string[] thisLine = lines[lineIndex].Split(' ');
string instruction = thisLine[0];
// thisLine[1] to thisLine[whatever] are the arguments

So executing functions just means reading the instruction and calling functions depending on what it is:

if (instruction == "Rect") {
Rect(thisLine[1], thisLine[2], thisLine[3]);
void Rect (string tile, string width, string height) {}

This is roughly what my first implementation looked like; I didn’t want to deal with all the loop/return/goto things yet, just getting the basic thing working.

The next step for me was two important features: storing/using variables, and the {a,b} random parameter. The way this works is whenever I can use a number, it could also either be the name of a variable, or the random parameter.

The first step is giving the user the ability to store variables:

Dictionary<string, int> vars = new Dictionary<string, int>();
if (instruction == "set") {
vars.Add(thisLine[1], int.Parse(thisLine[2]));

So we now store a list of variables that the user declares. Now we need a function to take a string, and see if it is either a number, a variable, or a random parameter:

int ReadVar(string value) {    // Try and read an integer
if (int.TryParse(value)) {
return int.Parse(value);

// Try and read a random parameter
if (value.Contains("{")) {
return GetRandom(value);

// Try and read a variable
if (vars.ContainsKey(value)) {
return vars[value];

// Couldn't read the value!
return -1;

Now we can correctly read the kind of variable, and so we can update the Rect code to look like this:

if (instruction == "Rect") {
void Rect(int tile, int width, int height) {}

We have a scripting language! At this point, we can now parse and execute code, and start playing around with the scripts themselves.

My hope with this article is to dispel the idea that writing a scripting language is as daunting as it seems, just as it was for me before I tried it myself. If you have any questions, or would like more explanation about anything, please do drop me a line at @jazzmickle on twitter.

Thank you so much for reading! If you enjoyed this article and would like to support my work, I have a Patreon! It really helps me do more work like this. 💜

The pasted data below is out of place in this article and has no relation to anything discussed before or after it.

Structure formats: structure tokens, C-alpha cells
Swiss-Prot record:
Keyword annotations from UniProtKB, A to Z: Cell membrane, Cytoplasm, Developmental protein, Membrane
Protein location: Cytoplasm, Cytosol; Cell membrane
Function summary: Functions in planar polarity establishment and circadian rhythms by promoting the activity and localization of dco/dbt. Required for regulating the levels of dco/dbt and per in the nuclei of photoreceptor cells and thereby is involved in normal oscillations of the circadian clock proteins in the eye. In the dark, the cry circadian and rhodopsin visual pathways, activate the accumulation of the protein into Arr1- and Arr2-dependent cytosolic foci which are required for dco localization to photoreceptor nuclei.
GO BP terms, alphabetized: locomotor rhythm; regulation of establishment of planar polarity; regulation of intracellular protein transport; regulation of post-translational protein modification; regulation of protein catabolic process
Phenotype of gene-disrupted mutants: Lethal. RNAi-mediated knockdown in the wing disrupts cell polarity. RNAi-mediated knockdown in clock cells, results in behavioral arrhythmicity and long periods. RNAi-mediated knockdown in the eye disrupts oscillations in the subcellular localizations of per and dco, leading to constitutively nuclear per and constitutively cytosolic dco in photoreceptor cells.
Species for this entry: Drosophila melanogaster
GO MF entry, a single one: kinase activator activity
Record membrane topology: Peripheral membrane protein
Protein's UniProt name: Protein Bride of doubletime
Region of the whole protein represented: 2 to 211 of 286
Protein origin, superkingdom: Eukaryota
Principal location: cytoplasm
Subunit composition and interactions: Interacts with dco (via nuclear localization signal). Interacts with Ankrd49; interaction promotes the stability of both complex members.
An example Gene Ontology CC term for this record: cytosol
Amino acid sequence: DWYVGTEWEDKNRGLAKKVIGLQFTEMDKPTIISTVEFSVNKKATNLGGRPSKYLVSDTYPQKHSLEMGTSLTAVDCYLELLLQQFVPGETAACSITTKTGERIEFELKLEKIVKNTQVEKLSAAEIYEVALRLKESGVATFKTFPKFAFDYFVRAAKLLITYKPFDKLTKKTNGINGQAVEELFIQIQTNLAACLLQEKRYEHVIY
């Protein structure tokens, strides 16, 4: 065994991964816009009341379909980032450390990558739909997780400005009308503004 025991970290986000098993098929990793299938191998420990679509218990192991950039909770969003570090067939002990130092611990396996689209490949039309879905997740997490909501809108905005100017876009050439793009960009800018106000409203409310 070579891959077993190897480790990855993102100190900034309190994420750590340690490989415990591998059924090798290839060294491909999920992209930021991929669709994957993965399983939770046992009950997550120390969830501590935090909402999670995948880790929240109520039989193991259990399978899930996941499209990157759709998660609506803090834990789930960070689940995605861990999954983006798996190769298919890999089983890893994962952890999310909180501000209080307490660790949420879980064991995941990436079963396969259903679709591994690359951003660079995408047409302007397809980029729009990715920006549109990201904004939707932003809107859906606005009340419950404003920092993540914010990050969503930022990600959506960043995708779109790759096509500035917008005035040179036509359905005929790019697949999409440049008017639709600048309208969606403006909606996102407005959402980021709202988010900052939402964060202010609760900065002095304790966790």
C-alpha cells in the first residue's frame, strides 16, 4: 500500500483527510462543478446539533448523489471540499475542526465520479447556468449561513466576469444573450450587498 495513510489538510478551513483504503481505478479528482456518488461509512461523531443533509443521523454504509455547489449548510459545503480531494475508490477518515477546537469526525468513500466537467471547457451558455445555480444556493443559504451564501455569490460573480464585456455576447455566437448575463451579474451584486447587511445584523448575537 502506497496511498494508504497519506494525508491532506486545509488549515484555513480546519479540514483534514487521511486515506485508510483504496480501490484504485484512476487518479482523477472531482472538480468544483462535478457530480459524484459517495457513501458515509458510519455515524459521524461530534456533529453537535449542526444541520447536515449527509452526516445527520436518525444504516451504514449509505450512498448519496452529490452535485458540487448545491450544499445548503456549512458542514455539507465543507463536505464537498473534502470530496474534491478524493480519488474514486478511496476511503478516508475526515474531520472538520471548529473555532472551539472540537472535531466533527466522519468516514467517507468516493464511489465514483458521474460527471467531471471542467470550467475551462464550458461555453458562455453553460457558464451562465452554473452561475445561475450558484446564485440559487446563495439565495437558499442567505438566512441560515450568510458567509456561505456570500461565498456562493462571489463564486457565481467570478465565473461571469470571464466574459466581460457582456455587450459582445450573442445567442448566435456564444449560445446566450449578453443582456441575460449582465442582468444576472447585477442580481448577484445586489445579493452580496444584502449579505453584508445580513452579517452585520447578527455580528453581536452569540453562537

# mountain generatorset height 10# create some peaks
loop {5,8}
setpos cursor {1,30} {1,30}
Tile cursor height
label build
set nh height
minus nh 1
Noise height nh 0.4
Expand4 height nh
minus height 1
if height == 1
goto build

Some ideas for expansion and little bits and pieces I missed out of the article for the sake of simplicity/conciseness:

  • The loop function in my language works like a label read at parse time; it stores the line where it last hit a loop, and the number of loops. endloop reduces that value, and if it is greater than 0, returns to the loop point.
  • I also had two other types than just integers in my scripting: positions and floats. Floats were always just 0.0–1.0, and positions were Vector2Int (a Unity type). This added some complexity to reading arguments.
  • In my own implementation, I used Reflection to call functions, instead of manually adding an if-statement for each command. It looks like this!
  • Speaking of if-statements, I didn’t cover them here. The basic idea is it checks the condition in the arguments, and skips one line further ahead. This is enough room to fit a goto, to execute different blocks of code.
  • Another useful feature, especially with if and goto, is end, to end execution immediately.
  • Regex is much more useful than just using String.Split(). I went with the latter for simplicity, but using regex can make it much more robust. (For example, the syntax breaks if the script uses two spaces in a row)
  • Mathematical functions in my language were in the format add var amount etc, instead of the typical var += amount, to make it fit the instruction args.. format. This again is very similar to how assembly works.

Also, thanks to the people who helped me out with both the scripting language and writing up this post: Anotak, Joshua Skelton, Simon Howard